“I dance because I wanted to be a magician but I’m not good with stuff”, Meg Stuart tells the audience, somewhere along Show And Told, her collaboration with Tim Etchells. If the piece proves one thing, it’s how good the American choreographer and the British (performance) artist actually are with stuff. Be it other stuff. Movement stuff. Language stuff.
Archive for the performance Category
Making the ungraspable tangible. Or how Romeo Castellucci gets his ‘Minister’s Black Veil’ right the second timePosted in performance, theatre with tags critique, recensie, review, Willem Dafoe on December 28, 2016 by Utopia Parkway
When was the last time these people had been queuing up to get into a church? Not to admire a unique painting or a stained glass window, but for a real service? Just a thought, as I was standing on the steps of Antwerp’s Sint-Michiels church, watching the crowd, waiting for the doors to open, thinking about religion, theatre and rituals. Three things I was sure this evening was going to be about. The Minister’s Black Veil. Five years ago Romeo Castellucci tried to stage it, but he failed. So I was really curious to see what he would do this time, with the help of American actor Willem Dafoe.
A painting starts to bleed, a sculpture comes to life, and isn’t that coffee machine behaving rather strangely? Welcome to Peeping Tom‘s universe, where “normal” is a concept that doesn’t seem to exist. With Moeder (Mother) the Brussels-based company once again puts on stage a piece resembling a surreal dream, in which one strange event follows the next.
That first view was rather disconcerting. A guy was walking away carrying a canvas. Other paintings stood on the floor, rather randomly, backs against the wall. Did I arrive too late? Was the exhibition already over? But then the guy came back and introduced himself. “I will be your host today. If you have any questions, don’t hesitate.” Euhm, yes: the paintings? “I’m moving them around”, he said, smilingly. “It’s all part of the exhibition. If you’re unable to locate a specific work of art: just ask.” And off he went. Suddenly I noticed that one of the other visitors had begun to move rather strangely, in the hall of that ever so grand Villa Empain (Brussels). You’re in for a few surprises, if you visit Répétition uninformed (through August 21).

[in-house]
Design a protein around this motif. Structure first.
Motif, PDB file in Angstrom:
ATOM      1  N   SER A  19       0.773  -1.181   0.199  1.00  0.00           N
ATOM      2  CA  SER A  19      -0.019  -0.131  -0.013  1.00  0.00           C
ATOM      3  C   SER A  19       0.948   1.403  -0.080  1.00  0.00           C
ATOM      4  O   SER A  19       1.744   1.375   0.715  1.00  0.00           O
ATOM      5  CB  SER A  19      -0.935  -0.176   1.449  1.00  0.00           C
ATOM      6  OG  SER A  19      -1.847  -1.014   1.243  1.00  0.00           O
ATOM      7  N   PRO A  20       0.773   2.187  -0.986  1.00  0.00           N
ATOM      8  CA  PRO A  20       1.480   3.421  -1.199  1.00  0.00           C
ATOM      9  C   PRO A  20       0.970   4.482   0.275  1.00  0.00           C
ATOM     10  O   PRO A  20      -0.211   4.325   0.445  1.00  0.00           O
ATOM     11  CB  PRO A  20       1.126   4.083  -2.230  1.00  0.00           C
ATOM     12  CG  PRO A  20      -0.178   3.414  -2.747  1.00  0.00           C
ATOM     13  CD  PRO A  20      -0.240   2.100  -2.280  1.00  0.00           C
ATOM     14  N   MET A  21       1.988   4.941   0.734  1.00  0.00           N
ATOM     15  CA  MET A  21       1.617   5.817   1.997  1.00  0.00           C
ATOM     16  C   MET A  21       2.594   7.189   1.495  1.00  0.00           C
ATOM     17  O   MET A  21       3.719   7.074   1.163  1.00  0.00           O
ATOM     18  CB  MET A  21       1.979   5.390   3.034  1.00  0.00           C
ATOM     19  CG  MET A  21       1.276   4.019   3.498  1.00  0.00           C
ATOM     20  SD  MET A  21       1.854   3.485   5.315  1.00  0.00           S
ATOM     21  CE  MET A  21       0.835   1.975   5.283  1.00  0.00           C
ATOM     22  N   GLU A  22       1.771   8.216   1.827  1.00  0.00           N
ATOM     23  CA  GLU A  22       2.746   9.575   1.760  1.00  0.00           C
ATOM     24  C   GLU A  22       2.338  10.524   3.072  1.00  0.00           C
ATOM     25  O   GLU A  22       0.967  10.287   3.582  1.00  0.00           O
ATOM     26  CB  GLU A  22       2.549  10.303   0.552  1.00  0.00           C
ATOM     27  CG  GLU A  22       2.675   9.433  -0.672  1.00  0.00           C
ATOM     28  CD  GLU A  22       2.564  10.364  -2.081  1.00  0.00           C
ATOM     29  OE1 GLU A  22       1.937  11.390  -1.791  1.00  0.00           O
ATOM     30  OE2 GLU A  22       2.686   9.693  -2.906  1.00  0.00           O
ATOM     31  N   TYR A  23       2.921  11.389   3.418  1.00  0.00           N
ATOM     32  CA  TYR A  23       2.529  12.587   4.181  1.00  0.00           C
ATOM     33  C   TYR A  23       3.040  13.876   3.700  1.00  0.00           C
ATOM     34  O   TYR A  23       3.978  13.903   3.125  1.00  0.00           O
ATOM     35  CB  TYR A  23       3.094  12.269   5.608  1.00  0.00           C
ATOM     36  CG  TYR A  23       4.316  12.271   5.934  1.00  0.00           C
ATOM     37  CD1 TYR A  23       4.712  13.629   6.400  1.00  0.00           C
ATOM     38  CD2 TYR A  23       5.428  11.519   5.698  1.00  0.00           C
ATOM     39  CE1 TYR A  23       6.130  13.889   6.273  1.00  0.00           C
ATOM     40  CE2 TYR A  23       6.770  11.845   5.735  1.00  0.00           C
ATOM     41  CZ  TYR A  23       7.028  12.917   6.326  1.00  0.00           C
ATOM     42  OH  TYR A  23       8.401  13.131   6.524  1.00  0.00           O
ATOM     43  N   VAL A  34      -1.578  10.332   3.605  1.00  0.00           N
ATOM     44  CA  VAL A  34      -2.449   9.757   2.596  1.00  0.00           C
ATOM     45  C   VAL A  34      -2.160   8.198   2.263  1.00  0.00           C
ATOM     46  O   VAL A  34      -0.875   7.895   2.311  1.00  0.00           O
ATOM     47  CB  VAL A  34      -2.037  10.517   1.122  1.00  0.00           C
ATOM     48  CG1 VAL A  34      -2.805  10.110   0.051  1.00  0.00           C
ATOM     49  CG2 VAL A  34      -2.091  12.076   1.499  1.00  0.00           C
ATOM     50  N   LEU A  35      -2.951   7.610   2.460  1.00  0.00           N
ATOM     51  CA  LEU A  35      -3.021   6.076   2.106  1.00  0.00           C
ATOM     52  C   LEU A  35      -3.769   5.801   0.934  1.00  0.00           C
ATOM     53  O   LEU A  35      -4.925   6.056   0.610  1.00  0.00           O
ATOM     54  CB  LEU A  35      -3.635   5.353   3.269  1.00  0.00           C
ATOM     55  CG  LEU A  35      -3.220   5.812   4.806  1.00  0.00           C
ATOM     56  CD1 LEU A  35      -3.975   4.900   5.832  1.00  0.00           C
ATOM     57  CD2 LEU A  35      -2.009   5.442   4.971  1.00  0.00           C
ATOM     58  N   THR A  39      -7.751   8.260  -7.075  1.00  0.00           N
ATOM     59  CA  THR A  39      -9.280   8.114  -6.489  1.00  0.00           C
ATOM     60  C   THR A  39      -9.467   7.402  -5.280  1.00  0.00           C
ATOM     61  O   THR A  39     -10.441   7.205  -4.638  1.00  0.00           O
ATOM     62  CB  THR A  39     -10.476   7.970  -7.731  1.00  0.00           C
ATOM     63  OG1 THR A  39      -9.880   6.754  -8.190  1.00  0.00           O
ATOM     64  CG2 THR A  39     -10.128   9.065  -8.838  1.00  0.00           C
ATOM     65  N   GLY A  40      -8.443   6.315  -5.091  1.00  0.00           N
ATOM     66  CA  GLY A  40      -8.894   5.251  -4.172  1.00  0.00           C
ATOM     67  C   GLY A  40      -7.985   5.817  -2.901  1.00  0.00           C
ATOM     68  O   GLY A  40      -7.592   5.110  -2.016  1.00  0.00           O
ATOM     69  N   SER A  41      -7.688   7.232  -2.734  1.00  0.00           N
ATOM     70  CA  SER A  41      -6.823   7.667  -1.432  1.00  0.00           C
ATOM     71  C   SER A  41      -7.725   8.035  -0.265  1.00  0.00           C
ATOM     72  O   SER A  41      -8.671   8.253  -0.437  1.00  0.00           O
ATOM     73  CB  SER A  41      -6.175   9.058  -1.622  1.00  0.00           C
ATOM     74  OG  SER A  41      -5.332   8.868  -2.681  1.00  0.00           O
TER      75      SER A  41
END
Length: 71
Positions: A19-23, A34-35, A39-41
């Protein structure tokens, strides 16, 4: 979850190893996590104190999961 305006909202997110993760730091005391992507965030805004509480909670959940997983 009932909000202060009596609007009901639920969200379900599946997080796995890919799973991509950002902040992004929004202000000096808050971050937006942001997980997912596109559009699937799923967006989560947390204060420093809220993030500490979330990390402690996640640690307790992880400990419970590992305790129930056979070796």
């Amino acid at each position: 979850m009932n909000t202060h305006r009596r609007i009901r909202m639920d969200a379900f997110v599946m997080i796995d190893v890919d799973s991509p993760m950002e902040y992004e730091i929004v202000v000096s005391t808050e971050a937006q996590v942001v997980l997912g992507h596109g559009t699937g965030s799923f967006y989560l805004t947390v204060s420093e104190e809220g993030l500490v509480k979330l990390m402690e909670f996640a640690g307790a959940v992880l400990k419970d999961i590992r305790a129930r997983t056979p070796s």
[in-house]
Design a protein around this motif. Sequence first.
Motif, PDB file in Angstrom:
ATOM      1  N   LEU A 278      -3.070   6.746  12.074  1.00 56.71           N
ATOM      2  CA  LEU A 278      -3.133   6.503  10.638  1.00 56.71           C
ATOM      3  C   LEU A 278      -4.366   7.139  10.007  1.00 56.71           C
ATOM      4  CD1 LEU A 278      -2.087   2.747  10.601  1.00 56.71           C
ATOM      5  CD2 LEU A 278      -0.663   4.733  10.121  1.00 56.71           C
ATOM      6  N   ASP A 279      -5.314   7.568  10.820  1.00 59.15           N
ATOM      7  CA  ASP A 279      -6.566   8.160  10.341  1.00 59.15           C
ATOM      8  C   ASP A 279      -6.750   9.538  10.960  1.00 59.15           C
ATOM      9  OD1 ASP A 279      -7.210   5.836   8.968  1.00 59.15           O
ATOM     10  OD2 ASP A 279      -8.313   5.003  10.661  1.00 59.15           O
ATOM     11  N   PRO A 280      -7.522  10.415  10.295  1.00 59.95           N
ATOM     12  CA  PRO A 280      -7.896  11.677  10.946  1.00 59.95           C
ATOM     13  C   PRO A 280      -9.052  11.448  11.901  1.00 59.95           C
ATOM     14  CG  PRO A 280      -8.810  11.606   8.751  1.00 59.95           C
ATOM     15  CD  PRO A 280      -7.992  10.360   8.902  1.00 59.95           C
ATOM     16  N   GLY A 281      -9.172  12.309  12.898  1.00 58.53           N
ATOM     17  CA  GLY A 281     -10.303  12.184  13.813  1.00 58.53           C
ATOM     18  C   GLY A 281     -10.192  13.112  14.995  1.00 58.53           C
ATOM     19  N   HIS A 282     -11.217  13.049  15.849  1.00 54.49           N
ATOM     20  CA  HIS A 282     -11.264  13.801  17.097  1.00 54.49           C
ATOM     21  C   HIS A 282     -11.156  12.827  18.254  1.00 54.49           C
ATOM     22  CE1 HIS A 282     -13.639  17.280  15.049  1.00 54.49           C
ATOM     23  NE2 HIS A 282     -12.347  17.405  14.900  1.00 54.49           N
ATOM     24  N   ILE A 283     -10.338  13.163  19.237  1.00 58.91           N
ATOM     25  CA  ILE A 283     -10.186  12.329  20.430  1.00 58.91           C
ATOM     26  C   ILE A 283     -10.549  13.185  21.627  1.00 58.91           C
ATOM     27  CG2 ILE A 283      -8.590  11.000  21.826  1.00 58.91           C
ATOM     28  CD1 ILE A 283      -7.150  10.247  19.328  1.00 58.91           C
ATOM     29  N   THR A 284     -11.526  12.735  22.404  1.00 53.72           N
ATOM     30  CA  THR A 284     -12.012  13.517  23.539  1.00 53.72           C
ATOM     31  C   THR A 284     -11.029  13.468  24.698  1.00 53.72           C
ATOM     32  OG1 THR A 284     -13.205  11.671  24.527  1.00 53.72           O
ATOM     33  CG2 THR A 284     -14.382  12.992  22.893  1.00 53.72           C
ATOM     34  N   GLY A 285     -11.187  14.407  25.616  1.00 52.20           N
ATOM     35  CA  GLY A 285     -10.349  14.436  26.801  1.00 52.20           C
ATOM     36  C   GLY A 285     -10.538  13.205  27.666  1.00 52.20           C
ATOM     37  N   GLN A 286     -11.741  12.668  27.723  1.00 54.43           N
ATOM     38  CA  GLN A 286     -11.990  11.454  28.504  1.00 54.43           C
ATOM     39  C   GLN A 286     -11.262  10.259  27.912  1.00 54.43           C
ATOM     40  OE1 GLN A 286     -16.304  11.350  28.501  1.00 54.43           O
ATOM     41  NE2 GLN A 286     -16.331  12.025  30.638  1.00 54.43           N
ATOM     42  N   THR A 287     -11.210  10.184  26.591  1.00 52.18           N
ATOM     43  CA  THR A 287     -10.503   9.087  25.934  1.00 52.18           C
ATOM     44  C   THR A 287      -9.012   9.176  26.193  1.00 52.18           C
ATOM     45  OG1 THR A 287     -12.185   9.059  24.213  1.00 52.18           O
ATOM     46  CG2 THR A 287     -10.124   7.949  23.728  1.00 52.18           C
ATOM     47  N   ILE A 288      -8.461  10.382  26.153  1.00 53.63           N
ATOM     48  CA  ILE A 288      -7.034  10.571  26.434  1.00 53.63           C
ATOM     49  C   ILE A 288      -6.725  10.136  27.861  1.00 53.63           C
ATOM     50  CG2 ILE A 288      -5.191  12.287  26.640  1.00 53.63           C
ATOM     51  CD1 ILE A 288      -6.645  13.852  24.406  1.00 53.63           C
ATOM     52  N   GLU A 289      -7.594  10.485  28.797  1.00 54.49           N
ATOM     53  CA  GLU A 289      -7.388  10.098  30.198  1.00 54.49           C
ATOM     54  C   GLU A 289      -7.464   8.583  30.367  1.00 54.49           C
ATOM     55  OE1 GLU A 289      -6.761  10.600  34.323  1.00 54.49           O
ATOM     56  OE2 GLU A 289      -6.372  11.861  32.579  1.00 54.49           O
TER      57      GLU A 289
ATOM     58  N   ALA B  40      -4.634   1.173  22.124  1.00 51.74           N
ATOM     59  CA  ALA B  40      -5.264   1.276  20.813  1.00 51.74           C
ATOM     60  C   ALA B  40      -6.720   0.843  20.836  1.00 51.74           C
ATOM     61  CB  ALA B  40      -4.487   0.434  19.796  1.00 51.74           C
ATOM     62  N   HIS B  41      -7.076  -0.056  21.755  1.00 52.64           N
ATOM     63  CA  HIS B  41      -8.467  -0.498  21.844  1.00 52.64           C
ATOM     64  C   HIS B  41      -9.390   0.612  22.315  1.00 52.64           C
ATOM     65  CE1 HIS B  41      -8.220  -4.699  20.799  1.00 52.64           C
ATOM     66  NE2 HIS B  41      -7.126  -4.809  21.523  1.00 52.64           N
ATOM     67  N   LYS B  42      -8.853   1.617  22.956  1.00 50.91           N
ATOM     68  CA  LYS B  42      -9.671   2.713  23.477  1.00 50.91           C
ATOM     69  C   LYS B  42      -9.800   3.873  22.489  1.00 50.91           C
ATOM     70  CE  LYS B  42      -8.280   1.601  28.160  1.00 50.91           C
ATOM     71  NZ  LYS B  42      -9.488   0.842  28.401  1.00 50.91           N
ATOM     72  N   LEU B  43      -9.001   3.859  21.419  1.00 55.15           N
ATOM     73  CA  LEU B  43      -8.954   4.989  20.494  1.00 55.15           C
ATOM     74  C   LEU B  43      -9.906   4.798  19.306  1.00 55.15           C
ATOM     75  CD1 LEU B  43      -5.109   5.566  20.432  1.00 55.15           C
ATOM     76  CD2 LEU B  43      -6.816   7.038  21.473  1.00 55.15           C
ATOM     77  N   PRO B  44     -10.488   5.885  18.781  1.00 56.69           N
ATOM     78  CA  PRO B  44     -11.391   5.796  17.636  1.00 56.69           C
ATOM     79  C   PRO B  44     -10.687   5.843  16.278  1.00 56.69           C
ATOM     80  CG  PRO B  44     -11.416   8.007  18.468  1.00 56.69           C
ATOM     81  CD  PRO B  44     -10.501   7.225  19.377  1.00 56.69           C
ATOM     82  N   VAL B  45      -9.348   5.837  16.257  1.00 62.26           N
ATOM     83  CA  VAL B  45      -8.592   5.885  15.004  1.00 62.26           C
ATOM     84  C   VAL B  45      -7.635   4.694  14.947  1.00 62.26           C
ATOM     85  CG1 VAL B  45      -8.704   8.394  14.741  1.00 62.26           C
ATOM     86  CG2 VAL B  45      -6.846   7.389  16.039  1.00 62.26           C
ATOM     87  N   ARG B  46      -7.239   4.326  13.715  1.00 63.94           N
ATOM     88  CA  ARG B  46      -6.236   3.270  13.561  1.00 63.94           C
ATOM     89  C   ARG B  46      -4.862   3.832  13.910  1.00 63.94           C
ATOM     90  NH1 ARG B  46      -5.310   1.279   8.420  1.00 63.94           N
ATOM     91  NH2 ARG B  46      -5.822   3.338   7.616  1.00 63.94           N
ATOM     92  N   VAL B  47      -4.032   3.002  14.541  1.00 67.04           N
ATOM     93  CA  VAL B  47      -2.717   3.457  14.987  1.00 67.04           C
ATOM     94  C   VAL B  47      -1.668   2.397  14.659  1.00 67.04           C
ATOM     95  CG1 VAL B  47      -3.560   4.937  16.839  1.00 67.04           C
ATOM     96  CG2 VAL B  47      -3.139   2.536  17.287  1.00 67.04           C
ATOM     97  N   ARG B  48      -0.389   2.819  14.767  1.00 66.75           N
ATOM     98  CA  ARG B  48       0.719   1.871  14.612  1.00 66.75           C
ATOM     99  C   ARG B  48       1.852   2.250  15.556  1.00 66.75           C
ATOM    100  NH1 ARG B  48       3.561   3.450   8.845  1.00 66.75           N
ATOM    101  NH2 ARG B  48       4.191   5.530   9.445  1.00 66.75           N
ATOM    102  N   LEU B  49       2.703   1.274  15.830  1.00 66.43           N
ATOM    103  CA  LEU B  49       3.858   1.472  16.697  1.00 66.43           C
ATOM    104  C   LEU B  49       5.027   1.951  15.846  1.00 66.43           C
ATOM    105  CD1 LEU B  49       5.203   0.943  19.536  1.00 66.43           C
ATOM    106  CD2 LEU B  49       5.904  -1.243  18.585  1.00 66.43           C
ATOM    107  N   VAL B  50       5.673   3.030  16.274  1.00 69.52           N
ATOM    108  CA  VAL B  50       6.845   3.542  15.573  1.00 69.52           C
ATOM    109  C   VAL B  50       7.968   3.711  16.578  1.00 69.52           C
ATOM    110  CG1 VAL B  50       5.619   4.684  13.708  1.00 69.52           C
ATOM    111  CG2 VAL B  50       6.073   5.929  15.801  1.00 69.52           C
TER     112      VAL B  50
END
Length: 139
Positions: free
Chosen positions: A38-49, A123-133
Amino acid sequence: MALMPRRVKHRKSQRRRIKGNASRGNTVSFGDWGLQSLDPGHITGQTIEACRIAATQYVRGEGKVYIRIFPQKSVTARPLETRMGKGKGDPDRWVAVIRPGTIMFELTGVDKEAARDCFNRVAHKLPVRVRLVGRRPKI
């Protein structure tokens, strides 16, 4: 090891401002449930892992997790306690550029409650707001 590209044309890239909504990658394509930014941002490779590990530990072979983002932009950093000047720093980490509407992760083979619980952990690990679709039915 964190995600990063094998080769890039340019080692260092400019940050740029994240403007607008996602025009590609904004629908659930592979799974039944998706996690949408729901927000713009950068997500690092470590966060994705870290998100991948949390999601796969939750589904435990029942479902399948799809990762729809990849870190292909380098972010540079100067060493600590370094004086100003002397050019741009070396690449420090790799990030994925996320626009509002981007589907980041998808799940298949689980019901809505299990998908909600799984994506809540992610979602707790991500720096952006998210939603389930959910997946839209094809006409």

What happens when dance is governed by another set of rules? Some thoughts on ‘Work/Travail/Arbeid’ by Anne Teresa De Keersmaeker (Wiels, Brussels)Posted in art, contemporary art, dance, performance with tags critique, recensie, review on June 18, 2015 by Utopia Parkway
What happens when dance is governed by another set of rules? Well, you get a hype, to begin with. More than 24.000 people went to see Work/Travail/Arbeid by Anne Teresa De Keersmaeker during the nine weeks it was on at Wiels contemporary art centre, Brussels. The exhibition was one of this year’s best ‘performances’ a jury of Flemish critics decided, and so there will be a short rerun at Wiels in September, for Het Theaterfestival in Brussels. In 2016 Work/Travail/Arbeid will be presented by Centre Pompidou (Paris) and Tate Modern (London). I went to Wiels several times, trying to figure out why people were so drawn to this. These are my thoughts.
I was on my way to my yoga class around the corner, but decided to skip it yesterday, as something odd had caught my attention. A guy in a room playing the piano, next to some mattresses on the floor. I opened the door, sat down, and listened. Other people dropped by, and left. Whenever the guy had finished playing a piece, he scribbled the title of it on one of the white walls. Without speaking. ‘A kind of pagan chapel where life and music can become one’, that’s how pianist/conductor/performer Marino Formenti describes his project nowhere. For 12 days he will reside in the Zsenne art lab (through Sunday March 29). He will be sleeping, eating and playing there. It’s one of the many projects of this year’s edition of Performatik, Kaaitheater’s performance art biennial. Want a zen moment? Go and listen (10am-10 pm, 2 Rue Anneessensstraat), as this is more than a gimmick: Formenti really is a great pianist. Not living in Brussels? Watch (and listen to) the livestream, here. I’m already addicted.
Three interpreters sitting on the floor, moving slowly, making clicking sounds, singing; everything happening in a strange slow motion kind of way. Did I really hear the guy singing Destiny’s Child’s Say My Name? Did I see that girl throwing a lasso Gangnam Style? In 2015 Stedelijk Museum Amsterdam is presenting a major survey of the work of Tino Sehgal: A Year At The Stedelijk, 12 presentations in 12 months. But for those of you living in Brussels: you don’t need to go to Amsterdam if you want to get to know the work of this art world darling and Turner Prize nominee (2013). Gallery Jan Mot is currently presenting Yet Untitled (2012), through February 28, a piece that was featured in the official Venice Biennale exhibition in 2013. Sehgal even won the Golden Lion for best artist for it. Want more info on Yet Untitled? You’ll find an interview at the end of this clip. Two rules from the unwritten Tino Sehgal crash course, for when you go to Jan Mot: don’t call this a performance, and, as always: pictures not allowed.